The team responsible for The Gatwick School wants to open a free school for 4-16-year-olds north of Horsham.
The Aurora Academies Trust hopes to submit an application to the Department for Education (DfE) by the end of the month asking to open the school as part of the 2,750-home development planned for the area.
Tim McCarthy, chief executive officer at the trust, said: “We are keen to build on the success of The Gatwick School by opening a free school in Horsham.
“We want to work alongside local parents to deliver a new school to meet the demand for places. We know that Horsham schools already have a good reputation and we are keen to add to the choice for parents by offering an all-through school.”
A shortage of school places is a problem Horsham shares with the rest of the county.
West Sussex County Council published a report in February, called Planning School Places, in which it recognised the likelihood of a shortfall of secondary school places in the town by 2018.
This despite the fact Tanbridge House School is undergoing expansion to take on an additional two forms of entry (60 children per year group).
In addition, both the Millais School and the Forest School agreed to temporarily take extra numbers until a new secondary school could be built.
The report said their were currently sufficient primary school places but, with at least 16,000 new homes planned for the area by 2031, including the project north of Horsham, that would be likely to change quite rapidly.
Mr McCarthy said: “We will be putting in a very serious application to the Department for Education.
“We are an approved sponsor which means any application we put in will be treated seriously. We’ve lived up to our promises, for example we only appoint qualified teachers at our schools. One would hope the DfE would look favourably on our application.”
Mr McCarthy said the school was likely to open in 2019 – though that of course depends on approval for the development being given.
The school would open with 60 children at primary level and 120 at secondary, increasing year-on-year until it reached its full capacity, 1,020 children – 420 at primary and 600 at secondary.
Mr McCarthy said the trust had had “very good discussions with the county council” who were “keen for us to put an application in”.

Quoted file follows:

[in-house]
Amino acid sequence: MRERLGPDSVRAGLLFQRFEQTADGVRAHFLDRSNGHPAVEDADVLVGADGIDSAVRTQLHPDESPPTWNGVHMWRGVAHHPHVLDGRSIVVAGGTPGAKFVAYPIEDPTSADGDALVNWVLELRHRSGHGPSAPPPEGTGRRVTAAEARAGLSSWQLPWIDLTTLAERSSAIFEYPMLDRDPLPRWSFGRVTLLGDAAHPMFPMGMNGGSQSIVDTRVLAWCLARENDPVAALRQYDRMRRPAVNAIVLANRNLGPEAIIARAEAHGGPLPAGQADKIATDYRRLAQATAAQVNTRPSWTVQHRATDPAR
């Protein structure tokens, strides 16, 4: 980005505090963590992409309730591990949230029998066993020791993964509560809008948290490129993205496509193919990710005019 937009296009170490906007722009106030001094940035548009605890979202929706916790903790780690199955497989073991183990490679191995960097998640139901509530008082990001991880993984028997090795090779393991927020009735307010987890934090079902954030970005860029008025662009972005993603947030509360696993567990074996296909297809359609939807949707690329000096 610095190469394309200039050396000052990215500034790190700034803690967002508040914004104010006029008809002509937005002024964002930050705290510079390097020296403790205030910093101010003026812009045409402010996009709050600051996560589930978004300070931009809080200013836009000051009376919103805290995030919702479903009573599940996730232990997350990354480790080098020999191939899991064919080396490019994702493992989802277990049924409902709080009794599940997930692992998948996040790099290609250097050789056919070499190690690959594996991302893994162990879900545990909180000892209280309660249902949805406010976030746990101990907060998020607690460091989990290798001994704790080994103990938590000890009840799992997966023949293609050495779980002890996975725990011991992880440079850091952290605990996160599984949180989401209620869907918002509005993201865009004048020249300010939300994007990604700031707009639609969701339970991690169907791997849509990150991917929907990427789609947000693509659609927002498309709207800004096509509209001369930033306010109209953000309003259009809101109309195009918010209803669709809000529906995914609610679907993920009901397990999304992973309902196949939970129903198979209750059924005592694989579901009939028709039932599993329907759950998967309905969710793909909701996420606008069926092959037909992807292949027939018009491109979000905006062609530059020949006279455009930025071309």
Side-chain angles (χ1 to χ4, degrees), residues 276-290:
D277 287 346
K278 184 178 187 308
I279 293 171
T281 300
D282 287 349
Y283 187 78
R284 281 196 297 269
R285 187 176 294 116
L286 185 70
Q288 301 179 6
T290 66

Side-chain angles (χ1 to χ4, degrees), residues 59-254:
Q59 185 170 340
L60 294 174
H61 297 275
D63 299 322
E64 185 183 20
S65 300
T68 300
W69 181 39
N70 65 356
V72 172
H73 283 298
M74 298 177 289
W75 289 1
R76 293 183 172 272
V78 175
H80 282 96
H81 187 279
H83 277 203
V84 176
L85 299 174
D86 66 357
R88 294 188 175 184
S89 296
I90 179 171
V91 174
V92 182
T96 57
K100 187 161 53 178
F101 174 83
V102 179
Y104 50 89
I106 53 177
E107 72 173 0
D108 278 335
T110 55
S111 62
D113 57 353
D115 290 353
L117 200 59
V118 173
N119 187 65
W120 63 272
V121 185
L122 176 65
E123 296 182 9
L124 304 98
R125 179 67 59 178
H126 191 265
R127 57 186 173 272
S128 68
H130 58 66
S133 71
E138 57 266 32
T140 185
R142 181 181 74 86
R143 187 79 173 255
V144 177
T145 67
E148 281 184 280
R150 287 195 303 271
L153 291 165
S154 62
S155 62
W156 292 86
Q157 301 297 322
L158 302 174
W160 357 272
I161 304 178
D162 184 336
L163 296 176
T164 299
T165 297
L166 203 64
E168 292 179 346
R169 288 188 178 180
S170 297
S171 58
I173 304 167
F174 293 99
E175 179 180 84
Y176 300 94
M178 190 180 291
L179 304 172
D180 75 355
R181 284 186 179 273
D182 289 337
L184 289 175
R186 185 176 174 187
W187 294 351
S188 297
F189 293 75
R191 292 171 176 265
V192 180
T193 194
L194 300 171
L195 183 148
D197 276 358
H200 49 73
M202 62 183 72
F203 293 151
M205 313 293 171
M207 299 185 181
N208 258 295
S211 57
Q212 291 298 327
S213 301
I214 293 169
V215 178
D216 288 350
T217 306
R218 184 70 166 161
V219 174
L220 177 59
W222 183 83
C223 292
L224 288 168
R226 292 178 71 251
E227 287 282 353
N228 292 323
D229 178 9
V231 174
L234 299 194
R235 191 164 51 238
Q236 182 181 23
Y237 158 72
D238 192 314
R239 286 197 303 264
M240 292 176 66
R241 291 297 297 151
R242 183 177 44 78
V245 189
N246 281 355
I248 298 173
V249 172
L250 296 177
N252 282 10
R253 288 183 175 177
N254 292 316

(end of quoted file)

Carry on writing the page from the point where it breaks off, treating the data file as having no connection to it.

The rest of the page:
He added: “We’ve been in touch with all the schools and they are aware of the need and demand for places.”
A council spokesman said: “We have spoken with several academy trusts who are interested in making free school applications and have held initial conversations with Aurora Academies Trust. We recognise that the proposed housing development in Horsham is expected to generate educational need and the government’s free school programme is one option for delivering the provision of a new secondary school.
“Other academy trusts have expressed interest in sponsoring primary and secondary schools in the Horsham area but any decision would be made by the Secretary of State for Education.”
Aurora has built up something of a reputation for helping schools to improve.
The Oakwood Academy, in Eastbourne, has just been rated ‘good’ by Ofsted having been told to improve before the trust took it over. Kings Offa Academy, in Bexhill, was in special measures when Aurora moved in and has now been rated ‘good’.
While Mr McCarthy said free schools were more likely to be judged ‘outstanding’ by Ofsted, the government’s latest figures show the picture has not been so pretty when it came to Key Stage 2 tests.
This year, only 48 per cent of free schools made the expected standard in reading, writing and maths, compared to 54 per cent of local authority schools.
Mr McCarthy added: “We’ve got a lot of educational expertise we can put in.
“We believe that the experience we’ve picked up along the way will mean we can bring quality education to the people of Horsham.”
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